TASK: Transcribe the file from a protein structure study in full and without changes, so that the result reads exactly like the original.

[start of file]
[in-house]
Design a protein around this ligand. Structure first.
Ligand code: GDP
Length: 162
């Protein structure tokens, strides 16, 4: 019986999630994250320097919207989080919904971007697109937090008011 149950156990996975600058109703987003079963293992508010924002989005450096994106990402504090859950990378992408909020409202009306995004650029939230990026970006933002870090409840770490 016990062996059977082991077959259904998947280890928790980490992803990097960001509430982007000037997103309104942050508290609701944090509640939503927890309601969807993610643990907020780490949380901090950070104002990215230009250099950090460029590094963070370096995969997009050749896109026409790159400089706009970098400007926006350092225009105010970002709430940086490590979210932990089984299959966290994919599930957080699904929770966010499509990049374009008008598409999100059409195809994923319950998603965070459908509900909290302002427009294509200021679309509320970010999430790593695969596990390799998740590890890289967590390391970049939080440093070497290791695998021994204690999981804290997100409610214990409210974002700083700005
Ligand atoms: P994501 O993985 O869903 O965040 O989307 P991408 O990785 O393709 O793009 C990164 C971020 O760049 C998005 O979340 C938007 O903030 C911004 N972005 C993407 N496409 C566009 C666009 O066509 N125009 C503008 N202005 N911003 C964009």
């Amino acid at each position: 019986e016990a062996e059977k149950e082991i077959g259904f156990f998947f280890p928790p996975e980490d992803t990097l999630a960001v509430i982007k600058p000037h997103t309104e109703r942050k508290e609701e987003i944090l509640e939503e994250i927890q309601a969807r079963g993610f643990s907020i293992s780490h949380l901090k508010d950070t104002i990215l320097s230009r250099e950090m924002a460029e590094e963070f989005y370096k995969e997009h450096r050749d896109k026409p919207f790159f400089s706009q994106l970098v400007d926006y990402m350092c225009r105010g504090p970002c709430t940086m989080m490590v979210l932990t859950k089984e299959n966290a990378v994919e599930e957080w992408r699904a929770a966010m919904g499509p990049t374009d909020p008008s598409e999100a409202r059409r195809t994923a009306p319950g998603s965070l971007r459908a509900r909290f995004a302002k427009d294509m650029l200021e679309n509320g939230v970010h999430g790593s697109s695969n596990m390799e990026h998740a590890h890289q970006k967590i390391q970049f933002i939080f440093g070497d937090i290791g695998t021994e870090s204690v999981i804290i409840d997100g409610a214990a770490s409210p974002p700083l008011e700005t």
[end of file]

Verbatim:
[in-house]
Design a protein around this ligand. Structure first.
Ligand code: GDP
Length: 162
């Protein structure tokens, strides 16, 4: 019986999630994250320097919207989080919904971007697109937090008011 149950156990996975600058109703987003079963293992508010924002989005450096994106990402504090859950990378992408909020409202009306995004650029939230990026970006933002870090409840770490 016990062996059977082991077959259904998947280890928790980490992803990097960001509430982007000037997103309104942050508290609701944090509640939503927890309601969807993610643990907020780490949380901090950070104002990215230009250099950090460029590094963070370096995969997009050749896109026409790159400089706009970098400007926006350092225009105010970002709430940086490590979210932990089984299959966290994919599930957080699904929770966010499509990049374009008008598409999100059409195809994923319950998603965070459908509900909290302002427009294509200021679309509320970010999430790593695969596990390799998740590890890289967590390391970049939080440093070497290791695998021994204690999981804290997100409610214990409210974002700083700005
Ligand atoms: P994501 O993985 O869903 O965040 O989307 P991408 O990785 O393709 O793009 C990164 C971020 O760049 C998005 O979340 C938007 O903030 C911004 N972005 C993407 N496409 C566009 C666009 O066509 N125009 C503008 N202005 N911003 C964009």
């Amino acid at each position: 019986e016990a062996e059977k149950e082991i077959g259904f156990f998947f280890p928790p996975e980490d992803t990097l999630a960001v509430i982007k600058p000037h997103t309104e109703r942050k508290e609701e987003i944090l509640e939503e994250i927890q309601a969807r079963g993610f643990s907020i293992s780490h949380l901090k508010d950070t104002i990215l320097s230009r250099e950090m924002a460029e590094e963070f989005y370096k995969e997009h450096r050749d896109k026409p919207f790159f400089s706009q994106l970098v400007d926006y990402m350092c225009r105010g504090p970002c709430t940086m989080m490590v979210l932990t859950k089984e299959n966290a990378v994919e599930e957080w992408r699904a929770a966010m919904g499509p990049t374009d909020p008008s598409e999100a409202r059409r195809t994923a009306p319950g998603s965070l971007r459908a509900r909290f995004a302002k427009d294509m650029l200021e679309n509320g939230v970010h999430g790593s697109s695969n596990m390799e990026h998740a590890h890289q970006k967590i390391q970049f933002i939080f440093g070497d937090i290791g695998t021994e870090s204690v999981i804290i409840d997100g409610a214990a770490s409210p974002p700083l008011e700005t």